The choice to have a war where normal people were just trying to live life.
The choice to be of the wrong tribe or ethnic group or religious persuasion/flavour.
The choices are often made by the powerful, or by those who want to be. Sometimes the only choices a refugee had was to get on a bus or not, or which border to try to reach safely with as many family members as could make it.

Whether Karen’ Burmese, Kurdu from Iran or Congolese, safety is often far from home and requires relinquishment of everything familiar and comfortable.

How would it be for you to awake suddenly in the early hours of the morning with a menacing and unavoidable risk drawing near? You are powerless to stop it – the first of many times you are acutely aware of your powerlessness. You seek options, but they become fewer and fewer and none of them are desirable. Finally, it is flee or die!

What do you take? Starting out you might have essential plus a few comforts; memorabilia or an extra tool. But when you have to choose between carrying your exhausted mother or child and clinging to your favourite guitar, you choose your loved one. Hopefully, between your few family members you can manage a pot, a knife, a bottle for water and a waterproof packet for your identifying documents!

You walk. You’d like to get transport for the weaker ones, but you also know you must stay together. Each other is all you really have left. Eventually, eating what you can scavenge along walkways and roads crowded with others on the move, you reach a facility set up by the Red Cross or the UN. You are sorted like sheep. Decisions are made on the basis of fitness or available places in the camp. You have no choice. No say. No power.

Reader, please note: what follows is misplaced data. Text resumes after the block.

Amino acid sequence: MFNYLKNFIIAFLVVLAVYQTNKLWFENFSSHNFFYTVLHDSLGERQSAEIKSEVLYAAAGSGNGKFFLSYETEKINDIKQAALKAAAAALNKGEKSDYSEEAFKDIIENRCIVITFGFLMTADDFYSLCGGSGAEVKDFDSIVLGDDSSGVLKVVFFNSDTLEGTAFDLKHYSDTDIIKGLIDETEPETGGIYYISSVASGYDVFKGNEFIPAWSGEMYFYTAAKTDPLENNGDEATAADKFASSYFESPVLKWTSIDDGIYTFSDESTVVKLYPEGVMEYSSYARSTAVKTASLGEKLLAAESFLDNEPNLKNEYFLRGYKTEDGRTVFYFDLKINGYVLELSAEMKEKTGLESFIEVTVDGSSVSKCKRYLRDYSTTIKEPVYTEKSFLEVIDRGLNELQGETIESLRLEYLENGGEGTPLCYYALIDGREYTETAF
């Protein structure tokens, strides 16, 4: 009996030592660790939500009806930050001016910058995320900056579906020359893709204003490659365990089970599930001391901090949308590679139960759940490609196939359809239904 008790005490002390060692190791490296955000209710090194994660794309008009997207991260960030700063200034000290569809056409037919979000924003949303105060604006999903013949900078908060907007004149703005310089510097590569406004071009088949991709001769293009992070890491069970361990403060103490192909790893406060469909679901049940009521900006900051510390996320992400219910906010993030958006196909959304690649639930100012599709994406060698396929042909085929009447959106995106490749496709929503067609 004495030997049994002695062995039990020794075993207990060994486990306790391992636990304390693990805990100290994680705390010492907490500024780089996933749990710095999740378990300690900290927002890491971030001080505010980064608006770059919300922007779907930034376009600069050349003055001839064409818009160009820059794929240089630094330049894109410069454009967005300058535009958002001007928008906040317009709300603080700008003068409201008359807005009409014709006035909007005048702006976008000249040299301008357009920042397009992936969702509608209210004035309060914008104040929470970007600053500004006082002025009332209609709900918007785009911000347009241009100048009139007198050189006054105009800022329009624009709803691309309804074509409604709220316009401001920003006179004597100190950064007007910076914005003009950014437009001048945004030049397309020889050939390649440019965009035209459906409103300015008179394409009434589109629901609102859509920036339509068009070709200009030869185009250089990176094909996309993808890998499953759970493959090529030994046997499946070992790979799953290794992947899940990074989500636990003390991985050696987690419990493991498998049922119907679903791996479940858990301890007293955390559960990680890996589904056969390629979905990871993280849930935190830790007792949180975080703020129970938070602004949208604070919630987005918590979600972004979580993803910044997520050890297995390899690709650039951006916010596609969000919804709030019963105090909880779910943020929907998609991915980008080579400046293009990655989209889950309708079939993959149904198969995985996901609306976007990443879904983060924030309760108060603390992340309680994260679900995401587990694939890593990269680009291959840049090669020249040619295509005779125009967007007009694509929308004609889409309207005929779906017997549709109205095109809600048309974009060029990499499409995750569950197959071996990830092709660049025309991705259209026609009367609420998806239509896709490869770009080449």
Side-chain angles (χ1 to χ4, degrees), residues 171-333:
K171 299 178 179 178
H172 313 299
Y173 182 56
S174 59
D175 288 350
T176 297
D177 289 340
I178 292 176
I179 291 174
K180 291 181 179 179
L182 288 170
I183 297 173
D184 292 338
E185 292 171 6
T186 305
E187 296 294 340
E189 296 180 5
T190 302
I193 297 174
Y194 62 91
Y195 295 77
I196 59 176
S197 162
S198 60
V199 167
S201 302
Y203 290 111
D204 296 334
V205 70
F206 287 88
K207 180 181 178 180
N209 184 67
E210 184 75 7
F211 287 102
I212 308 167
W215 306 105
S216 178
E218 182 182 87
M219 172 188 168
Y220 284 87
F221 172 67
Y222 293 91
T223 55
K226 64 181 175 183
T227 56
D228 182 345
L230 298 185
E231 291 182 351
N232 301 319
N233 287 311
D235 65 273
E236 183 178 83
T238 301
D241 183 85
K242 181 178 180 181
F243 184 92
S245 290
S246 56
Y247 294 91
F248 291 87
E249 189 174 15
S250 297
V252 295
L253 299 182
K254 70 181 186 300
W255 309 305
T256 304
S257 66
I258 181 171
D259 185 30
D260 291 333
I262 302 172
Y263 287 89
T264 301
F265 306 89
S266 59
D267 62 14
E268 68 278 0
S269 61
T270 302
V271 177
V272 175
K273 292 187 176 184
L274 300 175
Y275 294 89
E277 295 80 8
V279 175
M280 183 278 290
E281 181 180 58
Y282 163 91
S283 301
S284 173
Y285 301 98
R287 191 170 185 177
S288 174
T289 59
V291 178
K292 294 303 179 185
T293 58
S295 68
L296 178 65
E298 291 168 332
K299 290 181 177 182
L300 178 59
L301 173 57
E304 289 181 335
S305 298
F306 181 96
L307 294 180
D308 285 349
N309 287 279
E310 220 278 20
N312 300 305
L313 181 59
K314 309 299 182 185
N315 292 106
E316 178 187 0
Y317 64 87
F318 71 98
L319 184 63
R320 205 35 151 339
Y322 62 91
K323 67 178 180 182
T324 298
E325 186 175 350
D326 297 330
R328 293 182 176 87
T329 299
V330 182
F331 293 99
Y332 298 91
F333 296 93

13 July 2009

Uncle Arthur Died Last Week

Uncle Arthur died last week. He wasn't my uncle, but the uncle of my friend Heather. I first met Uncle Arthur at a family funeral a few years ago, that of Heather's mum, Arthur's sister. I was in the area on business, got the message that Heather's mum had died, so changed my plans and drove north from Wellington to Palmerston North to be with her.

They just enveloped me in with the family during the events, including a small family dinner gathered round Uncle Arthur's table. I was seated next to my host, though it was his lovely wife and daughter who were really providing the meal. A look at Heather and the others told me they'd intentionally seated me there as they waited to see what would unfold.

Meat & veggies were passed around. Glasses filled and forks made the journey from plate to mouth all round the table. The snippets of the conversation that I remember best went something like this.

"You're American."
"Yes," I said.
"Humph. Don't like Americans."
"Really? Why?" I asked, seated at his table.
"You know I was in the war? Stationed overseas."